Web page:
By Lt. Cmdr. Anna Choe, MC (UMO/DMO)
You are not going to believe this, so I hope you are sitting down. It’s me, actually you, in 2014. You know how sometimes we want to know how things will turn out. Well, at least in this moment, I can predict your short-term future. Short version/Highlights: – You become a U.S. Navy Diver and an Undersea Medical Officer (UMO). Yes! You passed the Dive PST (Physical Screening Test), but you have to work your butt off. This is NO joke! – You get deployed to Afghanistan and don’t die. The people you meet from this deployment will teach you the meaning of what it means to be a Navy physician. – You actually get your first choice billet with Navy salvage divers in Hawaii. Oh yeah, you heard me. This made your rough introduction to the military worth it.
– You actually get your first choice, the Pediatrics Program at Naval Medical Center San Diego (NMCSD). You just had to wait seven years to get the training of your choice, but it was totally worth the wait. – Oh, and you decided to make this a career.I would love to tell you the whole story, but you’ll live it soon. For now, there are some things I want you to know. Do you know what would have helped me (you in 2014) the most? Besides enjoying the heck out of your UMO lifestyle, PLEEEEEASE read and work Graduate Medical Education (GME) into your schedule, as permitted. I can tell you there is tremendous academic pain in returning to GME after six years. Nothing can take the place of the experiences you gained during your time in the fleet, but you will struggle, less during internship/resi-ternship if you stay plugged into your specialty of choice. You learned a lot of things while you were away from the hospital. You learned Navy acronyms. You figured out where people and commands fit in the big picture, the overall military chain of command. You found that there is probably a Navy instruction for just about everything. You traveled and saw all sorts of things you never knew existed. You met people from all over and heard their interesting stories. You learned that people take care of each other, or are learning how to take care of each other. You learned about the culture of being a U.S. Navy Sailor, and take pride in it. What I’m trying to say is, you drank the Kool-Aid. Can’t believe it, right?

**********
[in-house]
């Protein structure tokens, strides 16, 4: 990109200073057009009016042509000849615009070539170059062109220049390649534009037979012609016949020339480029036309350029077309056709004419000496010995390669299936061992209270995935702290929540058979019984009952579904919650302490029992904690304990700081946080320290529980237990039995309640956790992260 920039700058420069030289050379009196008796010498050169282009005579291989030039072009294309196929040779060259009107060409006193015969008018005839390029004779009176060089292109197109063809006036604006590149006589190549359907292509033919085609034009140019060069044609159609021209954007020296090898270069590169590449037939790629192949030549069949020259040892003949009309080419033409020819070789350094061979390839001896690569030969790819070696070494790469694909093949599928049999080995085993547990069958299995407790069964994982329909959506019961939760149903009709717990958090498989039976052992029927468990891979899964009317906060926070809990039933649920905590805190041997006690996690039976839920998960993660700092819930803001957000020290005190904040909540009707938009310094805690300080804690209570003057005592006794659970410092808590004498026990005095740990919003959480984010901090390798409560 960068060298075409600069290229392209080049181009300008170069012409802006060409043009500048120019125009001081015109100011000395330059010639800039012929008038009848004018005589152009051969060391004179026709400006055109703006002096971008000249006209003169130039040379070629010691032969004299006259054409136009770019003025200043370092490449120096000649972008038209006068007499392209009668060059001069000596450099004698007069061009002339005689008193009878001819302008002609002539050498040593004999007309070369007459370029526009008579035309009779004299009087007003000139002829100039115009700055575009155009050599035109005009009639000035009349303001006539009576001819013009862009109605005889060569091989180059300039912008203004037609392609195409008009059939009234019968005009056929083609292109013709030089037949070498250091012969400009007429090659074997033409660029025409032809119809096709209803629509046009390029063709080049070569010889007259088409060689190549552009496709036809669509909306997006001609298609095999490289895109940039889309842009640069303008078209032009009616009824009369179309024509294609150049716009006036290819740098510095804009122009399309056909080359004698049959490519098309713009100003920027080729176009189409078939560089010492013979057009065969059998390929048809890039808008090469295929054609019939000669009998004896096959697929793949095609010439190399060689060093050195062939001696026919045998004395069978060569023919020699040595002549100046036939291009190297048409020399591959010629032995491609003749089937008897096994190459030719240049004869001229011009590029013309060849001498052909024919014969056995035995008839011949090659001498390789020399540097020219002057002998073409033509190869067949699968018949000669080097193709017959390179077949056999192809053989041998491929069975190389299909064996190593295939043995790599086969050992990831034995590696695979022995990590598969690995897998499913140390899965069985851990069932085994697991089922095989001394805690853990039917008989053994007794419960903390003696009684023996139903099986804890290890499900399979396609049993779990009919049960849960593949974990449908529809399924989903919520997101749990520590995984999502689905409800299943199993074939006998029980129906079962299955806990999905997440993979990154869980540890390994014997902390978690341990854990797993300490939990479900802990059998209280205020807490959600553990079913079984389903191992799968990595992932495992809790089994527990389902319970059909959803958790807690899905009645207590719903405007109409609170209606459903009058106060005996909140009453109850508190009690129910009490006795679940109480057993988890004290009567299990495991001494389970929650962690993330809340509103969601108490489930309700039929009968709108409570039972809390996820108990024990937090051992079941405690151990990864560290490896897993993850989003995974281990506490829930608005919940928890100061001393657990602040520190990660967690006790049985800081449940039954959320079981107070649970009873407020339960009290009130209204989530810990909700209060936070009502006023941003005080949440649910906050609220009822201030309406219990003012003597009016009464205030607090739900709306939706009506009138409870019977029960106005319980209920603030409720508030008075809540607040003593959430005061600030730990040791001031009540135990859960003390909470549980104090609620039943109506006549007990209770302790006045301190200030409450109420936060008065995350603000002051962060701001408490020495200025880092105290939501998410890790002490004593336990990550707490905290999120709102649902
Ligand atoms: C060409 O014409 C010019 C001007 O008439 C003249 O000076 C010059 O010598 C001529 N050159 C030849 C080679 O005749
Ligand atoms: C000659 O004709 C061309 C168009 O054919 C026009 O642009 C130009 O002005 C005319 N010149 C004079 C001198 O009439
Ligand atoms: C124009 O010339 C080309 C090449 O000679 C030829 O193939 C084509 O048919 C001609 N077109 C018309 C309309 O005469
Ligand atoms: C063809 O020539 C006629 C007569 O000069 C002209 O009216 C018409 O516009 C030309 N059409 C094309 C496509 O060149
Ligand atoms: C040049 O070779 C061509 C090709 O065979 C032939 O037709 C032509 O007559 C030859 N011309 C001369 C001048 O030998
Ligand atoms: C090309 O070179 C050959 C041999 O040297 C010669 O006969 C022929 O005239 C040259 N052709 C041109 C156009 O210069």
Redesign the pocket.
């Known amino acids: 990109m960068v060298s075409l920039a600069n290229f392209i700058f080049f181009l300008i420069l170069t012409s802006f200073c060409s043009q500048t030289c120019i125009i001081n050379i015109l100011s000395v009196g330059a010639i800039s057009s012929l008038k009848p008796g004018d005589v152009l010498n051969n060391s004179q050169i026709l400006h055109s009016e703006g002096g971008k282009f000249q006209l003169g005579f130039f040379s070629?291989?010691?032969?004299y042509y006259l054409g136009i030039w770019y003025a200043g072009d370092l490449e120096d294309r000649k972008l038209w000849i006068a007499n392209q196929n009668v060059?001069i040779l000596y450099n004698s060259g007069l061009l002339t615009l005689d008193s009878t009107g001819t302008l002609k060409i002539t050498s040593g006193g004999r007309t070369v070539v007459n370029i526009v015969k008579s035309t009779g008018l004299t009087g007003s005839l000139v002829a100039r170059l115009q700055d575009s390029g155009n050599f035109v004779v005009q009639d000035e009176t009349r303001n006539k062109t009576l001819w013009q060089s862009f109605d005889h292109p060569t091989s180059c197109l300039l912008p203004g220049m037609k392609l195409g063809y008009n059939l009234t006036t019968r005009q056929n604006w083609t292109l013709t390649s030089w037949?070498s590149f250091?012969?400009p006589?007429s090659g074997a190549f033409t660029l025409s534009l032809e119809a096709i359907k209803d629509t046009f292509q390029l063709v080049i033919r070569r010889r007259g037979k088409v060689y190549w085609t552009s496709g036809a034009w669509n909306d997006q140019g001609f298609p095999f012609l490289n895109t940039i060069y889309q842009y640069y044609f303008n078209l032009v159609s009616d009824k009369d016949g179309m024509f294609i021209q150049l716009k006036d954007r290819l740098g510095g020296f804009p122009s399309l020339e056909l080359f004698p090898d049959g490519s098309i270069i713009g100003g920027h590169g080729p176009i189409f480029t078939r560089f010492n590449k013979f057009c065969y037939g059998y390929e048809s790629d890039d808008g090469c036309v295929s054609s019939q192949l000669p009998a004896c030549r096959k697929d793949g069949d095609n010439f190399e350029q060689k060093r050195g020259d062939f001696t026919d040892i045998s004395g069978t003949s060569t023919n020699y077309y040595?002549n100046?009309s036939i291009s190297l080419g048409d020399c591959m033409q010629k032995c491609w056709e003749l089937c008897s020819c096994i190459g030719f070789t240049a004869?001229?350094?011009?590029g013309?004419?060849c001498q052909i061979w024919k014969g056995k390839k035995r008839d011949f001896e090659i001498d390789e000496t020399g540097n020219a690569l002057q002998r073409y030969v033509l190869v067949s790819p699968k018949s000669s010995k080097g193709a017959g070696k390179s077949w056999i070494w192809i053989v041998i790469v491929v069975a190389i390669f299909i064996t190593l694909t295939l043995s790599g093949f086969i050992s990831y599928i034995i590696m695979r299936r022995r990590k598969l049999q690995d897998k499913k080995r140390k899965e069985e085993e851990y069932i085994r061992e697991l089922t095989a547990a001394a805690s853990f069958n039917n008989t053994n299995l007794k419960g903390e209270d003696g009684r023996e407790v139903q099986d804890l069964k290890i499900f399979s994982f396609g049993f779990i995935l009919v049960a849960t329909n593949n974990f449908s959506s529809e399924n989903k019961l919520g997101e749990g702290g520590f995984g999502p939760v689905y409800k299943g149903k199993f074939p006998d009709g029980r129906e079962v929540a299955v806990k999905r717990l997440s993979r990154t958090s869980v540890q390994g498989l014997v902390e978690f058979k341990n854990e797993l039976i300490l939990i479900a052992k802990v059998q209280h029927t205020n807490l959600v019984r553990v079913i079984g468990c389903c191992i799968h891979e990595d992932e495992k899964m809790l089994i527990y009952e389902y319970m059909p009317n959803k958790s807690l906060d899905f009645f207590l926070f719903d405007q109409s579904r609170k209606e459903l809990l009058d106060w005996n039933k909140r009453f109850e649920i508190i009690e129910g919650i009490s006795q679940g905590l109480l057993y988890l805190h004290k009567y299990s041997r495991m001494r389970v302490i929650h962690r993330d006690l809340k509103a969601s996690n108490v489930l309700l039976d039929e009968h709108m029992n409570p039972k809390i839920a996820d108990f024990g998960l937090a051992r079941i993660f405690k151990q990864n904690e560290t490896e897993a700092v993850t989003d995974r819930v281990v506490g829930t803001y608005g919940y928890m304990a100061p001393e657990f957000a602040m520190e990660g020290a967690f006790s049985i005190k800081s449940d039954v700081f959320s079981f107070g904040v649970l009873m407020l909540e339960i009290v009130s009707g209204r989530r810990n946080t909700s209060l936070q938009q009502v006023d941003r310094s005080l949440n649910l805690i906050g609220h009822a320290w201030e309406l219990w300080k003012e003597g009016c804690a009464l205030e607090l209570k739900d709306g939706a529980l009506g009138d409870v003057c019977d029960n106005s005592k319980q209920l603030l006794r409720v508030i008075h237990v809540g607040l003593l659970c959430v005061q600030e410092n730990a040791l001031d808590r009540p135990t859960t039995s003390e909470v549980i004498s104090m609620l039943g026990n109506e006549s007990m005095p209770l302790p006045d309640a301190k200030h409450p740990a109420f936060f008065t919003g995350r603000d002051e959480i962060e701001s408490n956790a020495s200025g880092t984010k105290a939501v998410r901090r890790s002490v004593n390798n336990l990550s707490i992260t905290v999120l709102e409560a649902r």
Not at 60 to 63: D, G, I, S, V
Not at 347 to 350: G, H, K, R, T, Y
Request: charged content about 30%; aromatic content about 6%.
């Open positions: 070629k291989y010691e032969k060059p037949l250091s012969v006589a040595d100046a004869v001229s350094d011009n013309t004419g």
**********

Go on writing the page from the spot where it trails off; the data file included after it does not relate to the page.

You know that word “leadership” people keep talking about? Well, it actually comes alive during your J.O. (Junior Officer) years in the fleet and you will see why it’s so important. I encourage you to make it a point to educate and support the corpsmen. Some want to go to medical school like you did. On a practical level, they have much less training than you, but have to work the front lines in hostile areas. Back them up, but keep them accountable. “Trust, but verify” still applies. You know how some “Attending’s” expected a lot of you, and as painful and intimidating as that was, you worked hard and became stronger and smarter? Similarly, don’t be afraid to expect excellence. Accepting or fixing their satisfactory work is a disservice to them. Provide feedback and tell them to do it again. They might not like you, but it’s okay. You will be blessed with some of the best mentors, from crusty ol’ master chiefs to captains, ever who will make things seem clear. Leadership is a lot of things, but I think it comes down to the root of caring about your people. It’s a constant process and I’m still learning how to be a better leader. Trust your training and be encouraged. You have gone through a lot of studying and testing. You are capable of a lot of things. In my humble opinion, I have not yet found, at least until 2014, a profession that works as hard as physicians. We are trained to a high standard because if we don’t do our jobs, people die. Those skills cross-over to other areas of life and work, and serve you well. You’ll be asked to do a lot of things that you don’t feel qualified for.
Part of leadership is being taken outside of your comfort zone and growing tremendously as a result. Be creative and find out all the opportunities that are available to you. One woman can only do so much. You will learn when to say no, and be ok with it. You will make some people angry by doing your job the right way, and its ok. Pick your battles. You will learn to stand up for yourself especially being a female in a predominantly male community, and as a minority. Just do your best. Be a tourist where you live. Have fun – Travel. Thank your parents, more than usual, because life is short. And most importantly, pray. (Don’t forget to read!!) I wish I could tell you more, but that’s up to God and time. You’ll be fine, at least until 2014. Pray for the both of us. We still have a long way to go. Hang in there and enjoy the ride! HOO-YAH! Sincerely, Me